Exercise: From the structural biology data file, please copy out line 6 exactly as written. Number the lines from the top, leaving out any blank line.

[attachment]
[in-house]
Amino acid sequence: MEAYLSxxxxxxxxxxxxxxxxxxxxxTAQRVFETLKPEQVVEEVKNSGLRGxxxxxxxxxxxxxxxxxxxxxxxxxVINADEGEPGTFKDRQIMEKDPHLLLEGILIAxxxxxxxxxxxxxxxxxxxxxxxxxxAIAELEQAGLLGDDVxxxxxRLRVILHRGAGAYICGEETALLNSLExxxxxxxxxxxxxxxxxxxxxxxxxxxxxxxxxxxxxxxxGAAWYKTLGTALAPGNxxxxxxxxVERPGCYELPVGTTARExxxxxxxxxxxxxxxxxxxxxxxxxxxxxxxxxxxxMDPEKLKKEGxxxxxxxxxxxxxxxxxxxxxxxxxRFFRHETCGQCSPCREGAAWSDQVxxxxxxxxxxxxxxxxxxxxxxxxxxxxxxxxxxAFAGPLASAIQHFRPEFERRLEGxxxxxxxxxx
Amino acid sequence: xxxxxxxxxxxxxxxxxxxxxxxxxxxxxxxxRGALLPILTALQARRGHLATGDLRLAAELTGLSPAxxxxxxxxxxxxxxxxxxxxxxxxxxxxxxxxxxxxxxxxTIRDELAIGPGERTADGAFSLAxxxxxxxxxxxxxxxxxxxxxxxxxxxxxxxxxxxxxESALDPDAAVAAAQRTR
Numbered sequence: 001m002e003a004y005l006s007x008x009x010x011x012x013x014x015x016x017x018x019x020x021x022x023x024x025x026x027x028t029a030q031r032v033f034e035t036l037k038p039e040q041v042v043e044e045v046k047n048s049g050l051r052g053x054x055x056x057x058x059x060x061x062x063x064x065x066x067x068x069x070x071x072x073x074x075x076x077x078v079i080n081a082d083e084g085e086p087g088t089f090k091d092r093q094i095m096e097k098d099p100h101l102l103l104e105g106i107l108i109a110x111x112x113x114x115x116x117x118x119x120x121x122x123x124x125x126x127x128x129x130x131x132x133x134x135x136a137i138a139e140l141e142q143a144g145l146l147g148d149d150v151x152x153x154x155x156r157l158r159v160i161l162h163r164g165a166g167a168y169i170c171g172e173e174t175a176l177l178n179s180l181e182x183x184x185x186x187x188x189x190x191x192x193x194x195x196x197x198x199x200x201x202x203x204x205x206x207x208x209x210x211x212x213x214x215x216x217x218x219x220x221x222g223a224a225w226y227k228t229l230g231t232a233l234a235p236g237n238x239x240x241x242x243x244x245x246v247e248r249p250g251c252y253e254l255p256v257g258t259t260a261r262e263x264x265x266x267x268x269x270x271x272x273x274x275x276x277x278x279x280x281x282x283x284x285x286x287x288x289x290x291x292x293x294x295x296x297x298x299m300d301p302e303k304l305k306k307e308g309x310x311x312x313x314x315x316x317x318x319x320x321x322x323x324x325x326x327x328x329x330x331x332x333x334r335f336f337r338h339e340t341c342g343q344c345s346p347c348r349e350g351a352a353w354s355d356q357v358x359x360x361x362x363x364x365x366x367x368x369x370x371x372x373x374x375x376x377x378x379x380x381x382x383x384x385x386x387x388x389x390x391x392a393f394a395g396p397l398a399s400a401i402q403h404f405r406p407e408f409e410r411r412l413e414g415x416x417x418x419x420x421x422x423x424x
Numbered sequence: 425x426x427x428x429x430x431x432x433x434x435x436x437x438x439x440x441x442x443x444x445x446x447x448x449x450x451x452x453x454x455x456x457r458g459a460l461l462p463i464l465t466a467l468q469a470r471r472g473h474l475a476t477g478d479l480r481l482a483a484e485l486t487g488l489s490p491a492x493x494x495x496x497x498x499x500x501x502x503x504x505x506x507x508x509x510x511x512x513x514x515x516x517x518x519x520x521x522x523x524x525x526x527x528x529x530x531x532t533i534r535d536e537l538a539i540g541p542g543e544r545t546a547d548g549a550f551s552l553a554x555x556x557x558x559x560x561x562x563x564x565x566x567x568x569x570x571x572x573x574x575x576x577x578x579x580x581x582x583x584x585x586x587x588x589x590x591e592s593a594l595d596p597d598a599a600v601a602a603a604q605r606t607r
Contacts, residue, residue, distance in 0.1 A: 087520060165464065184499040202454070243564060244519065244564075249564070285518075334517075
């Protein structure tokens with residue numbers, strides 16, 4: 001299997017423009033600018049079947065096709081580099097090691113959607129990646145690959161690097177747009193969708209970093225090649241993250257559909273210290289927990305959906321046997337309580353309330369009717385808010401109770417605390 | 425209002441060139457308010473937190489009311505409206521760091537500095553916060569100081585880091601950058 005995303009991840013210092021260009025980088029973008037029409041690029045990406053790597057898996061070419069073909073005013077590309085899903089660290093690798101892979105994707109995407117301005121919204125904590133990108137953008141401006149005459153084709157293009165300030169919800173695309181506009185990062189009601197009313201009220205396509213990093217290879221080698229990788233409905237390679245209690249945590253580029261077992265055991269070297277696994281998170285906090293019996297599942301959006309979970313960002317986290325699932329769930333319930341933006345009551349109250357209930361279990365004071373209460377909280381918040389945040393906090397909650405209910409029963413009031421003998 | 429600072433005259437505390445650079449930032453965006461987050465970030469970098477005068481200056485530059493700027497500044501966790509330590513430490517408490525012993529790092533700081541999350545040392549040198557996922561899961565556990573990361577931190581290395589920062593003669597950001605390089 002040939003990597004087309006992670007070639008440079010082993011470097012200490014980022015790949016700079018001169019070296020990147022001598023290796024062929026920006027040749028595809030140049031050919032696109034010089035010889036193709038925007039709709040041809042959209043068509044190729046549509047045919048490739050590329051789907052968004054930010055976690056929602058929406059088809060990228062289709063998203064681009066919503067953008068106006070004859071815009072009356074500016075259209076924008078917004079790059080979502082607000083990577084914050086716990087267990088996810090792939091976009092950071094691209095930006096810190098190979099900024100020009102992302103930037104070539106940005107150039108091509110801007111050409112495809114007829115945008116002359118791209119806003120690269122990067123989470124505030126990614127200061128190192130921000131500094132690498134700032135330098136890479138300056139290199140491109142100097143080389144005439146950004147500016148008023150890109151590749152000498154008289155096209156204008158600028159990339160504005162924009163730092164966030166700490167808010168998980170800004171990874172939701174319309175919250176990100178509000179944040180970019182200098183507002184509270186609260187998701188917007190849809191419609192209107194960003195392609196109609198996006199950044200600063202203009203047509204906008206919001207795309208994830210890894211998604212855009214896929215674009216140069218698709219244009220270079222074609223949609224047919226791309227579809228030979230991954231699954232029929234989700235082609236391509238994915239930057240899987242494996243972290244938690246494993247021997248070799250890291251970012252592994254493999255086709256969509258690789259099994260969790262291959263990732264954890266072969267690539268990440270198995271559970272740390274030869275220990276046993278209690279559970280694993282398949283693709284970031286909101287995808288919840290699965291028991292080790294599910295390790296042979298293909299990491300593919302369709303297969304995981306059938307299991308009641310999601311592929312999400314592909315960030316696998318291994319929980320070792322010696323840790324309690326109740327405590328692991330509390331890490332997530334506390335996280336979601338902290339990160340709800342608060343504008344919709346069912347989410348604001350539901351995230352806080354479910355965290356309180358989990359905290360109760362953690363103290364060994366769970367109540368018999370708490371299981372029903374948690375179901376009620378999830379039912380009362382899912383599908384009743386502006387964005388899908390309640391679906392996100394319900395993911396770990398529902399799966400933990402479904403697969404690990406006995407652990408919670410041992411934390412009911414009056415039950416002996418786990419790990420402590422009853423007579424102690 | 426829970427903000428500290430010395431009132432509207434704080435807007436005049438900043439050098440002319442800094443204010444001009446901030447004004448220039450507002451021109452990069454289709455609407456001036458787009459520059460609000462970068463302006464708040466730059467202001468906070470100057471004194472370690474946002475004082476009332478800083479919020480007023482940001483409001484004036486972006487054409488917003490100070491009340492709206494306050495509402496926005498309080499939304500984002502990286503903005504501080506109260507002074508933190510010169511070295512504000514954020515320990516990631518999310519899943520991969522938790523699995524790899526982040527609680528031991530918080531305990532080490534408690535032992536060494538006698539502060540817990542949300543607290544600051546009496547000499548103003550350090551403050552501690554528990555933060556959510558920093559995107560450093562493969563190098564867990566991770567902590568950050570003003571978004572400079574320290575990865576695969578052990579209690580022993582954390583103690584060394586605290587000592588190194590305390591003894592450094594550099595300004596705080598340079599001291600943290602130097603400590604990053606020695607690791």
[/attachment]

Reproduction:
Contacts, residue, residue, distance in 0.1 A: 087520060165464065184499040202454070243564060244519065244564075249564070285518075334517075